The scams are everywhere, even on your feed.

You’d think that a sexual assault allegation and the criminal conviction on 23 counts of fraud and one count of conspiracy would deter people from listening to a disgraced televangelist hawking “miracle cures”. But no, Jim Bakker (yes, that one) came back to sell his “Silver Solution”. Even as the FDA and multiple states have sent letters ordering Bakker to stop fraudulently claiming that silver treats and/or cures COVID-19, Bakker continues to praise his “Silver Solution” and claim that the suspension of “Silver Solution” sales is due to “demonic warfare”.

But wait, there’s more: “Bachelor Nation” alum Krystal Nielson has taken to Instagram to claim that her “‘Reset and Rebalance’ ten-day detox program” prevents inflammation that she (falsely) linked to the novel coronavirus. Other social media “influencers” are exploiting the pandemic to shill for everything from fitness coaching programs to dietary supplements, and the FDA has recently sent warning letters to six other companies claiming their products (such as essential oils and “herbal teas”) prevent, treat, and/or cure COVID-19.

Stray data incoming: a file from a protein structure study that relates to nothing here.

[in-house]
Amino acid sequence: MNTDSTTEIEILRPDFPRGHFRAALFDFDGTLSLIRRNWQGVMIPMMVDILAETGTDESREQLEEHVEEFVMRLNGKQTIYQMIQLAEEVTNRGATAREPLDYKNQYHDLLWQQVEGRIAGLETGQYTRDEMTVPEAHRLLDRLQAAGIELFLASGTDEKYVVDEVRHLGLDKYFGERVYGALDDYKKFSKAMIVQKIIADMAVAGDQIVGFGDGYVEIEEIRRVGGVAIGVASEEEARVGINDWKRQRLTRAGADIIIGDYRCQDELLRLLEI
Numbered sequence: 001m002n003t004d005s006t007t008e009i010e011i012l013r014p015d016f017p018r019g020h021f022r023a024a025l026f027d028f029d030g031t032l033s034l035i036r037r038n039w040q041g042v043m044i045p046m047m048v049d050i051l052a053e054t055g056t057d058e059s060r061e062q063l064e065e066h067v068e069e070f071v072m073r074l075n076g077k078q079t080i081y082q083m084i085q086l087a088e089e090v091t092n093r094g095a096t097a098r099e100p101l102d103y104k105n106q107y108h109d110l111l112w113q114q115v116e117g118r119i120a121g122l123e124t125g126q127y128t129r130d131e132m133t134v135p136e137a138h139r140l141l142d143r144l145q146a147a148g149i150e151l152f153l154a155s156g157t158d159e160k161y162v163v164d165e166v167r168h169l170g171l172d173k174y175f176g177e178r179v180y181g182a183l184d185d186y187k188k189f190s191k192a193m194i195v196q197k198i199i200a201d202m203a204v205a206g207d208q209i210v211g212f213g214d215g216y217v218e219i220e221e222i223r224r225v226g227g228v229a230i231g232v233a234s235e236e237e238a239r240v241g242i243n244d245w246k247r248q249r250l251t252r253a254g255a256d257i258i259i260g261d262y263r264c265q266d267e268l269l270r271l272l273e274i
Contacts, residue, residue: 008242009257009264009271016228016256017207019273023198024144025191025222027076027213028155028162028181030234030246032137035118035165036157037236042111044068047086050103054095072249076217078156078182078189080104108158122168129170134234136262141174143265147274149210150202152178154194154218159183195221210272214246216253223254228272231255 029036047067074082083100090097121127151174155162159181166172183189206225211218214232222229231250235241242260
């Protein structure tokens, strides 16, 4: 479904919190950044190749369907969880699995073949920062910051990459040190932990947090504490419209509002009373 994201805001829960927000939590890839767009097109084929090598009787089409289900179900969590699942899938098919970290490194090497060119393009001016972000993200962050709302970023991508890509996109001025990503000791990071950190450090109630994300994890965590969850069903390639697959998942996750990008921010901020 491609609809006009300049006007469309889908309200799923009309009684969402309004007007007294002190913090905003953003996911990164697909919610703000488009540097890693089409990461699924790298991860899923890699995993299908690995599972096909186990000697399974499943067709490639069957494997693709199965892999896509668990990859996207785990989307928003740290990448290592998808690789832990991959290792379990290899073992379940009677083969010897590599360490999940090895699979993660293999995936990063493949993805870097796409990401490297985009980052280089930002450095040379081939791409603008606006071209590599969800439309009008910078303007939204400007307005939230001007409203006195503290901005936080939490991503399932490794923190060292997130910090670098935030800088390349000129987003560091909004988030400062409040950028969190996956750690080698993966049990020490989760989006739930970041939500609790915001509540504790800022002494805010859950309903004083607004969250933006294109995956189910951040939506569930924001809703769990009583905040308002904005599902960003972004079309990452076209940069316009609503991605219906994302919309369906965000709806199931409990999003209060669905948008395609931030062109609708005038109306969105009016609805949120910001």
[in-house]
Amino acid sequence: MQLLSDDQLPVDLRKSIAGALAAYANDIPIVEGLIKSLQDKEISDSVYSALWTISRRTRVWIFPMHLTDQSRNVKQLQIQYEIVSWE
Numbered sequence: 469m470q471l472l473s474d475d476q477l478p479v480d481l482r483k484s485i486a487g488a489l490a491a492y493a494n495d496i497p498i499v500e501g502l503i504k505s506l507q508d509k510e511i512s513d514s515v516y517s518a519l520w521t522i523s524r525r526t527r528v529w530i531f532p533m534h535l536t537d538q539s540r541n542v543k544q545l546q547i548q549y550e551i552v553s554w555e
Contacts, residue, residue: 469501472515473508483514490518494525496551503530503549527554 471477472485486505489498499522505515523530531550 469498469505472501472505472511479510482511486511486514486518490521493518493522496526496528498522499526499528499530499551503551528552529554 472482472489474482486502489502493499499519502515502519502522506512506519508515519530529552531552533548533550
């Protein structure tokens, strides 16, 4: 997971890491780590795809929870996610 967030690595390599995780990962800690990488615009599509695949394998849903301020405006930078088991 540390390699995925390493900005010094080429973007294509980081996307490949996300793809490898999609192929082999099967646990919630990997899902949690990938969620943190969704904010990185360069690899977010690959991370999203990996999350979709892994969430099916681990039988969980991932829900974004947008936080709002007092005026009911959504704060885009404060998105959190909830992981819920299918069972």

In a time when people most need accurate health news and effective medical treatment, we’re instead seeing a flood of misinformation and outright propaganda. So instead of just pointing and laughing at this nonsense, we need to call it out for the nonsense it truly is, lest we risk people falling for these potentially deadly scams.

Don’t fall for fake “cures”. Stick with what works.

I was hoping I wouldn’t have to write this. But since I have a father who’s at heightened risk of suffering severe illness from COVID-19, and since I have other friends and family who also face heightened risk, I feel an obligation to speak up for them in urging everyone to stick to actual medical science and stick to what works in preventing further spread of this virus.